This is the Canal du Midi, constructed in the 17th Century, which along with the Canal de Garonne links the Atlantic to the Mediterranean, and is called the Canal des Deux Mers, or the Canal of Two Seas. The previous trading route had to go all the way around Spain, so although it took nearly fifteen years to build it spared each voyager the perils of shipwreck, Spanish pirates, and seasickness. The hydraulics involved in such a long canal were way beyond the engineers of the time, who had honed their craft on fortresses, and there is an unusual story associated with the construction. Some peasant women from the Roman Baths in the Pyrenees had been hired to shift dirt from one of the canals, but their supervisors soon realised that because of the long hydraulic tradition in the Pyrenees, the women's knowledge of water-work far surpassed their own. These women then designed the canal through the mountains near Bezier, using very few locks, and built the eight-lock staircase at Fonserannes. I was really surprised to hear that their supervisors gave them the credit for this; they could easily have claimed it for themselves, as was often the case at that time.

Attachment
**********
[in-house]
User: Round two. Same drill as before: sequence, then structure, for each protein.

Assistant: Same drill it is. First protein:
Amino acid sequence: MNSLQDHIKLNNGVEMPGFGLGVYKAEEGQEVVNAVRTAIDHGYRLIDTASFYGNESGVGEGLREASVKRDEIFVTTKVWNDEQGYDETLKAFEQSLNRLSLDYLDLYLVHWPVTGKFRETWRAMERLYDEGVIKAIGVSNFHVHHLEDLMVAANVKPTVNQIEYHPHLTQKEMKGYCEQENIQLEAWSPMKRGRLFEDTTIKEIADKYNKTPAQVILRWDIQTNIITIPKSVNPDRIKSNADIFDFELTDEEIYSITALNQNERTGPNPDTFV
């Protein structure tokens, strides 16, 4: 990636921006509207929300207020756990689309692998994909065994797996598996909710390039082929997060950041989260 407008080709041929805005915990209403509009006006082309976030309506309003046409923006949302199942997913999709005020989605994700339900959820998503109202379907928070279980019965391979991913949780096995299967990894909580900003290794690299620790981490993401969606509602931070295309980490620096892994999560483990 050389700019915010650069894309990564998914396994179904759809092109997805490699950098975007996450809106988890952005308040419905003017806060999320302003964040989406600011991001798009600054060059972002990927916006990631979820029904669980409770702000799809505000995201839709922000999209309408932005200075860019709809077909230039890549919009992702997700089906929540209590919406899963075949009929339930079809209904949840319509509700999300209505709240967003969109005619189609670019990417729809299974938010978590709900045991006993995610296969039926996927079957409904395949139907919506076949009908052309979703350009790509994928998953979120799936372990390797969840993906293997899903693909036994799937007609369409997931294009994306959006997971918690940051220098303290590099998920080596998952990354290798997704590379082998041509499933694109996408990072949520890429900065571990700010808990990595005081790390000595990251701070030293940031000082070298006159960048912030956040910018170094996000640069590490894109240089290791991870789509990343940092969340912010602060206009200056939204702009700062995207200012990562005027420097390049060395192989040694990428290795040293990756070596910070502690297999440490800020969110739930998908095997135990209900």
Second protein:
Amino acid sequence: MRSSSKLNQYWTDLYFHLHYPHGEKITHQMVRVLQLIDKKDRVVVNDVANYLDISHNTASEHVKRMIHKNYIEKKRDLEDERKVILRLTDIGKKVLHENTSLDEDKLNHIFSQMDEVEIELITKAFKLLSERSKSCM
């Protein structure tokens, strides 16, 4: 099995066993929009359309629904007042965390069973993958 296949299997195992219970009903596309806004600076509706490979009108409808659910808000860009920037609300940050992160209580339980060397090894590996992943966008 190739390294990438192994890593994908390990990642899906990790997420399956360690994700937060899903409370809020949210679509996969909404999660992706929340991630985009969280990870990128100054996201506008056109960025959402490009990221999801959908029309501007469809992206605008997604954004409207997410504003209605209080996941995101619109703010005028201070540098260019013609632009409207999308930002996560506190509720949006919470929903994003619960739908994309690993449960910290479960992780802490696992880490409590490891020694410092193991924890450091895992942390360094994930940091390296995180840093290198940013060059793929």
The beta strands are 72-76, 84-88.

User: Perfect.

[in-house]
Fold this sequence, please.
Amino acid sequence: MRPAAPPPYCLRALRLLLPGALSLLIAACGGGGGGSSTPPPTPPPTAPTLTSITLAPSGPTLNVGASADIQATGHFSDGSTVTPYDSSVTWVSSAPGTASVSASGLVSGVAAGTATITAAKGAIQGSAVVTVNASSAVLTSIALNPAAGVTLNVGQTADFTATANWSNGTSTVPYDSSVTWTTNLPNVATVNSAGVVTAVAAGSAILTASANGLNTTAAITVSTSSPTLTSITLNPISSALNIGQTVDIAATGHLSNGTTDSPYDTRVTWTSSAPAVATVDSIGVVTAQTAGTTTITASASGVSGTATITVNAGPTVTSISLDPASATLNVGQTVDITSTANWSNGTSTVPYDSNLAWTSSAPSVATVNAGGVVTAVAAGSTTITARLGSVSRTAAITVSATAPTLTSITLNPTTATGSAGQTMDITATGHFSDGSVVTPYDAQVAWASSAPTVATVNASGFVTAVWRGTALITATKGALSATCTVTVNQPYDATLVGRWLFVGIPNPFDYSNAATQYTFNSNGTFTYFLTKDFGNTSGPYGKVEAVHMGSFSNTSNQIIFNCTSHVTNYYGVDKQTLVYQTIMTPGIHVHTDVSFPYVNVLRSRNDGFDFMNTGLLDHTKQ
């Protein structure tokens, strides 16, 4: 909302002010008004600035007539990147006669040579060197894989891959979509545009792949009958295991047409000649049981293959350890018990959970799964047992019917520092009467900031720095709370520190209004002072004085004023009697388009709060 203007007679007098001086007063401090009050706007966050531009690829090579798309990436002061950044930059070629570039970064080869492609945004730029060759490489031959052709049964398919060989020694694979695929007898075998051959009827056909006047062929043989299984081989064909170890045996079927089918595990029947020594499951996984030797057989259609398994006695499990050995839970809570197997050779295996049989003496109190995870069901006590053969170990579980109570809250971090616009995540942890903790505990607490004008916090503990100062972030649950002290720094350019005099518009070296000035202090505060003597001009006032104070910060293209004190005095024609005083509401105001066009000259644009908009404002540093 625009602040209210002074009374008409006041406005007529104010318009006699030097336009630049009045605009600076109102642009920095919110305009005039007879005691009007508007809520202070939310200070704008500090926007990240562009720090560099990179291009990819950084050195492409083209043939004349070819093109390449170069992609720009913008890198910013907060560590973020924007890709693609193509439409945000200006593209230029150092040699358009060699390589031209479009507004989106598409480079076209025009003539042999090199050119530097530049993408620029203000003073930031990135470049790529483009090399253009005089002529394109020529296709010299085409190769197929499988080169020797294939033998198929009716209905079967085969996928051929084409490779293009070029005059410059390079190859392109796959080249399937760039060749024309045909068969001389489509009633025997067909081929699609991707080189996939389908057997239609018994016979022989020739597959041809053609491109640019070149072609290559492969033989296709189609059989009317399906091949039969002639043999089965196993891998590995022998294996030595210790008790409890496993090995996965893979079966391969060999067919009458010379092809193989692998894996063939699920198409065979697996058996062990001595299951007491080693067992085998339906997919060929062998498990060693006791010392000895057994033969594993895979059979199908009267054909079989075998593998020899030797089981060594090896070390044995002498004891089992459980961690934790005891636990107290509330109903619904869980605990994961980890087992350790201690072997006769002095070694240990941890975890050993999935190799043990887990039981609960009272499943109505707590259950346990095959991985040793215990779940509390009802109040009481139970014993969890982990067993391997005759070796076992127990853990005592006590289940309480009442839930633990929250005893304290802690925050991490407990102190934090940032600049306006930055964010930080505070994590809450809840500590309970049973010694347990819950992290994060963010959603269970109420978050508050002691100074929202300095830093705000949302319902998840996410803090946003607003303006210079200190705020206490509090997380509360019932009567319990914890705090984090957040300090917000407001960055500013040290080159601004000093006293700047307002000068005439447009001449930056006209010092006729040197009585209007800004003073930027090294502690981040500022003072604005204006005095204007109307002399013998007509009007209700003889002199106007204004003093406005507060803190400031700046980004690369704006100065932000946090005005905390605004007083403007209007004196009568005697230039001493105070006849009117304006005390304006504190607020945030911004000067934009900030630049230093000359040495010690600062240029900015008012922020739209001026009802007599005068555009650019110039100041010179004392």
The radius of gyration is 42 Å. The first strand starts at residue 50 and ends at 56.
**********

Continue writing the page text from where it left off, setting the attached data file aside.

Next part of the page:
I will never get tired of seeing so many horses everywhere. I particularly love the skewbald ones that the Americans call "pinto"; that is, a horse of any colour other than black, with white patches on it, in some cases nearly all white. My father liked to play the guitar, and I can remember him singing me this American song about a famous skewbald horse:
"Stewball was a good horse
He wore a high head